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Miscarriage of justice occurred in 2004 sex assault conviction, Crown says

In this file photo, RCMP cordon off a crime scene using police tap


A miscarriage of justice occurred in a sexual-assault conviction in the 2004 gang rape of a 19-year-old woman left pregnant by one of her attackers, the criminal justice branch said Wednesday.

Gurdev Singh Dhillon was convicted of sexual assault for his role in the attack on the woman in Surrey, B.C. His appeal of the conviction was dismissed in 2006.

Neil MacKenzie, spokesman for the criminal justice branch, said officials became aware in 2011 that evidence about the case was not disclosed to the Crown, and therefore not disclosed to the defendant.

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"As a result of the ongoing investigation into the identities of additional suspects in relation to the original incident ... during the course of that Crown counsel learned of the existence of material evidence that had not been disclosed at the time of the original trial and subsequent appeal," MacKenzie said.

That information has now been disclosed, MacKenzie said, and it will be up to Dhillon and his counsel to decide whether to seek an appeal with the Supreme Court of Canada.

RCMP said it was their own review of the case that year that raised a red flag and determined that the initial investigation "did not sufficiently consider additional avenues, regarding other potential suspects."

In September 2011, RCMP asked Delta Police to conduct an independent external review and re-investigate the original complaint.

The Crown appointed special prosecutor Peter Wilson.

Earlier this month, Wilson approved sexual assault charges against two men: Mohammed Zaaid Ukhttar and Sital Singh Bhatti. The two men are scheduled to appear in court in Surrey on April 5.

The sexual assault was described by the B.C. Appeal Court as "violent and serious."

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"It is hard to imagine a set of circumstances more morally repugnant than those in the case at bar," Justice Allan Thackray wrote in the November, 2006, decision rejecting Dhillon's appeal.

The judges noted that the "teenager" agreed to go out the evening of July 7, 2004, with two men she had met at a party two months earlier and with whom she'd spoken several times on the telephone.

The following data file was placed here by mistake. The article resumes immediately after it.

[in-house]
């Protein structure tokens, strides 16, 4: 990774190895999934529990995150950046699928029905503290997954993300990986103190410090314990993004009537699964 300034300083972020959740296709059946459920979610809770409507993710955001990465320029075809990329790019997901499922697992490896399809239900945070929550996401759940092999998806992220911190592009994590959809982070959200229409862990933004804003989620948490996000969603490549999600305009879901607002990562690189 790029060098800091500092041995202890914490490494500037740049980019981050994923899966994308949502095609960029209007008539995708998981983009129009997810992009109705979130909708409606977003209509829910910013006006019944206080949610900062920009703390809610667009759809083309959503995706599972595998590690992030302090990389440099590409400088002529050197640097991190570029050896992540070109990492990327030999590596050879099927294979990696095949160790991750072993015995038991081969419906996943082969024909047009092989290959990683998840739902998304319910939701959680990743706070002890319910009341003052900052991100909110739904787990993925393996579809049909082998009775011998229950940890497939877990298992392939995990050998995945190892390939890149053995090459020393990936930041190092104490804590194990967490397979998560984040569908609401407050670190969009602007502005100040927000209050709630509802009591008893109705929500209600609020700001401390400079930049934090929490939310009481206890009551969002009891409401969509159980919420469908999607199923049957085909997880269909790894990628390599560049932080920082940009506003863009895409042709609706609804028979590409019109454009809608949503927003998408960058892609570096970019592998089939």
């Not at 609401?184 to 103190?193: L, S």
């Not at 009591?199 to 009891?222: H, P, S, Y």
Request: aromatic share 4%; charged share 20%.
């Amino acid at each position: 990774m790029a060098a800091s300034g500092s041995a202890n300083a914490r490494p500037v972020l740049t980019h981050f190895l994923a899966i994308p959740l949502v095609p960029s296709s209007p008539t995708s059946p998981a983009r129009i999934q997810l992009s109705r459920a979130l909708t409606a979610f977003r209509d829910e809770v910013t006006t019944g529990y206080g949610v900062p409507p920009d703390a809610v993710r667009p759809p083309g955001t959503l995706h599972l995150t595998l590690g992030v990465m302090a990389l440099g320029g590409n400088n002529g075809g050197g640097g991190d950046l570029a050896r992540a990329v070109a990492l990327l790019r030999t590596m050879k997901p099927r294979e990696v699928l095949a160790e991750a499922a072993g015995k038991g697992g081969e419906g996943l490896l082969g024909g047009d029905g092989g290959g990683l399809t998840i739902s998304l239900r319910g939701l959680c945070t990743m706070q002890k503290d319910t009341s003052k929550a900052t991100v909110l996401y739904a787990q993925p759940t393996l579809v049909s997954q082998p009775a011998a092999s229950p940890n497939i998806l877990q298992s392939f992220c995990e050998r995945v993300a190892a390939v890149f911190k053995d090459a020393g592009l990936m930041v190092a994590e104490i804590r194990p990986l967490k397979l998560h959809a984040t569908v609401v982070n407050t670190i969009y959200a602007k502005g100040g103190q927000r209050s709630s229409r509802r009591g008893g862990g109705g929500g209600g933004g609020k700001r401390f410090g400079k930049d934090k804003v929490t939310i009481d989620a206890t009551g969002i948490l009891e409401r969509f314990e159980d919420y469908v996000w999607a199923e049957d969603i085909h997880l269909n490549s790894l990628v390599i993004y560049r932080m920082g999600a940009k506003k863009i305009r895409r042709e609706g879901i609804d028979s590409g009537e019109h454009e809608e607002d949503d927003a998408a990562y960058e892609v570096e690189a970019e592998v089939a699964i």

The court decision said she was taken to the basement suite of a third man, where she was given alcohol over her objections, and subjected to a prolonged sex assault that included forced vaginal and oral sex, and attempted anal sex.

She was punched in the face, threatened with death, choked and impregnated, the judges noted.

Dhillon's defence lawyer submitted to the court that he was "hanging in the background most of the time," the court decision said.

An Indian national being sponsored in Canada by his wife of an arranged marriage, Dhillon was on bail for a spousal assault charge at the time of the rape, it said. He pleaded guilty to assault in September of 2004 and was sentenced to one year of probation.

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His defence lawyer pointed out to the appeal court that Dhillon could face deportation because of the conviction. MacKenzie said the Crown could not disclose personal information and Canada Border Services Agency was not immediately available to comment on whether a deportation order had been issued.

RCMP Chief Supt. Bill Fordy, the officer in charge of the Surrey detachment, said the mistakes are concern to the force, as well as the public.

"I share those concerns and deeply regret the impacts these mistakes may have had on all those involved," Fordy said in a statement.

"As the officer in charge of the Surrey RCMP, I apologize for the mistakes that were made."

He said when the issue came to light, RCMP took the steps available to correct the situation.

"Two more men have now been charged with sexual assault," Fordy said. "As these matters are now before the courts, we are unable to comment further."

MacKenzie said such instances are rare in the criminal justice system.

"Clearly this was a matter of concern to the branch," he said.

"We take our responsibilities both to the public and to accused persons very seriously, as Crown counsel we take our obligations very seriously, and that's something that continues past the point of prosecution."

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